Quantcast

Monty Python members to re-unite for new film

By Agence France-Presse
Thursday, January 26, 2012 21:26 EDT
google plus icon
Monty Python via AFP
 
  • Print Friendly and PDF
  • Email this page

LOS ANGELES — Members of iconic British comedy group “Monty Python” will re-unite for a new film, a science fiction farce, ex-Python Terry Jones said.

“Absolutely Anything” will not be a Python film as such, but key members of the gang, John Cleese, Michael Palin and Terry Gilliam, are involved, said Jones, who will direct the movie.

US comic Robin Williams will also lend his voice to the film, which will combine animation and live action, while producers are attempting to sign up the other surviving Python member, Eric Idle, for the project.

“It’s not a Monty Python picture, but it certainly has that sensibility,” Jones told industry daily Variety, adding filming was expected to begin in Britain in the coming months.

The original Python members — who first joined forces on surreal TV series “Monty Python’s Flying Circus” — will voice a group of aliens who give an earthling the power to do “absolutely anything” to see what a mess he makes.

Williams will play a talking dog called Dennis, who seems to understand more than anyone else about what happens as a result.

Jones co-directed the 1974 “Monty Python and the Holy Grail” with Gilliam, as well as directing “Life of Brian” and “Monty Python’s The Meaning of Life.”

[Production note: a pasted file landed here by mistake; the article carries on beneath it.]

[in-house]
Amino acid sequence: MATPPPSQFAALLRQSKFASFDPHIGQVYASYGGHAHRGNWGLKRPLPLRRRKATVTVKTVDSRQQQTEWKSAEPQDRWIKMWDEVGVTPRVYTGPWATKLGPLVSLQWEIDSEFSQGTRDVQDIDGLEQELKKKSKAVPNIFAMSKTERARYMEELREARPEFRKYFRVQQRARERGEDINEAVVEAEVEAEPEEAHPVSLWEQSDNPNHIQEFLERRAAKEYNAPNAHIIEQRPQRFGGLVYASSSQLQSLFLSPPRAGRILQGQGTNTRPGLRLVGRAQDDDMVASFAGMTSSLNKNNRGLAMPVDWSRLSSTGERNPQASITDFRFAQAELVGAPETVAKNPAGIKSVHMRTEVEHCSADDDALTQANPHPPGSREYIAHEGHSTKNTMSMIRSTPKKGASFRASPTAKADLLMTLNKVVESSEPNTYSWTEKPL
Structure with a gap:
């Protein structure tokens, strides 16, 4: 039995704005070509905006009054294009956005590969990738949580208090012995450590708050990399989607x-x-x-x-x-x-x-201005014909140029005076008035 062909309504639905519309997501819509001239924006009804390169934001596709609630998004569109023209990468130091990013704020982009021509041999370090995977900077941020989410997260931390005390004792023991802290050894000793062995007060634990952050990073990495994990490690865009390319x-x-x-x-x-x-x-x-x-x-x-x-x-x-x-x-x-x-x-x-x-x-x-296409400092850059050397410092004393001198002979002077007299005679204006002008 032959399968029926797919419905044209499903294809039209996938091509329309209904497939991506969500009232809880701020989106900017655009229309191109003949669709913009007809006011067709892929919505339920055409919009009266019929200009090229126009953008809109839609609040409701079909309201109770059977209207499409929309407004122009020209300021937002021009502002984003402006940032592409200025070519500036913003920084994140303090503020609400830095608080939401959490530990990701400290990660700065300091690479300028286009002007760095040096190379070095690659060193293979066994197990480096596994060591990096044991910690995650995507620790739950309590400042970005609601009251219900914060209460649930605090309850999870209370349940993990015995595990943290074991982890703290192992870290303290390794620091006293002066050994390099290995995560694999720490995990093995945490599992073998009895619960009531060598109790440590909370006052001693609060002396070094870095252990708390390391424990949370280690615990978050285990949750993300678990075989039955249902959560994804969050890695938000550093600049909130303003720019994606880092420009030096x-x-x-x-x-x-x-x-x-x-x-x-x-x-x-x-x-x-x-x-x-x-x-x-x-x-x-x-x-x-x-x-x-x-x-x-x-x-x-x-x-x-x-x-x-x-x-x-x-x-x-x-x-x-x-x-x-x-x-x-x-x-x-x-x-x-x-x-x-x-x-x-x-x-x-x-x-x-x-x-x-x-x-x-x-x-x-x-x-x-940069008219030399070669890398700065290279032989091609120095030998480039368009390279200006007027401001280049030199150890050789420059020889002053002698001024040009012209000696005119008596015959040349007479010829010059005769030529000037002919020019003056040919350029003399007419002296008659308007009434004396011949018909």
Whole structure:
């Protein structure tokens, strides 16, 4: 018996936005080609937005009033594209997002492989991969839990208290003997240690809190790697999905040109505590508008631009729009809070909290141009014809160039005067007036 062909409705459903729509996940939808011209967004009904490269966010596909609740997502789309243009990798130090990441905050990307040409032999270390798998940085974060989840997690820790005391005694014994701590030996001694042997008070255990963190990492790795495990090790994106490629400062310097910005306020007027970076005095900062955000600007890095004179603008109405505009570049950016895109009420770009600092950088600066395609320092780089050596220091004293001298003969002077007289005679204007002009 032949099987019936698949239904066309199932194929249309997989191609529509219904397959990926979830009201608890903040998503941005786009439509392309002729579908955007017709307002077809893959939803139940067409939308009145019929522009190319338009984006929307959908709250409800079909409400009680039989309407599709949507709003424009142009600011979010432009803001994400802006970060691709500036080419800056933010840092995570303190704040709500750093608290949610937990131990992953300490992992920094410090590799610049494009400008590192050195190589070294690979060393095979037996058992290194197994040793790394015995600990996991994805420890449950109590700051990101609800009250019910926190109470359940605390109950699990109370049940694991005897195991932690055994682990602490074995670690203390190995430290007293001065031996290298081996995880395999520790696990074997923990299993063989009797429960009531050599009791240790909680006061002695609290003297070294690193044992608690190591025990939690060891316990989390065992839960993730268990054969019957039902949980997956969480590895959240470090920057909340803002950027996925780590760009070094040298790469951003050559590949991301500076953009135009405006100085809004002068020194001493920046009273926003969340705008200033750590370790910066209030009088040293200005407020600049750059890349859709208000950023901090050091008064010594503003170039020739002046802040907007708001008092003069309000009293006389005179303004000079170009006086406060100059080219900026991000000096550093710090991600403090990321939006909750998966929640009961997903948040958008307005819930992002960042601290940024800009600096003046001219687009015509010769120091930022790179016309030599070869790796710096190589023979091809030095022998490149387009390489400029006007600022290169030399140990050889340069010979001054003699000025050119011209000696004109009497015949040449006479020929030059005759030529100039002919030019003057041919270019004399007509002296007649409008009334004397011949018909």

“Life of Brian” producer Mike Medavoy will be one of several producers on the new project, based on a script by Jones and Gavin Scott developed over the last two decades.

“Terry and Gavin have crafted a classic farce — something I feel I know a little about after all the ‘Pink Panther’ pictures we did with (director) Blake Edwards and United Artists,” he said.

“In fact, the movie even has a pompous Frenchman reminiscent of Inspector Clouseau,” a character which could be played by Williams, while other key roles have yet to be decided, he said.

The five surviving Python members last reunited in a 1998 appearance at the Aspen Comedy Festival, along with an urn which allegedly contained the ashes of late member Graham Chapman, who died in 1989.

Agence France-Presse
Agence France-Presse
AFP journalists cover wars, conflicts, politics, science, health, the environment, technology, fashion, entertainment, the offbeat, sports and a whole lot more in text, photographs, video, graphics and online.
 
 
 
 
By commenting, you agree to our terms of service
and to abide by our commenting policy.
 
Google+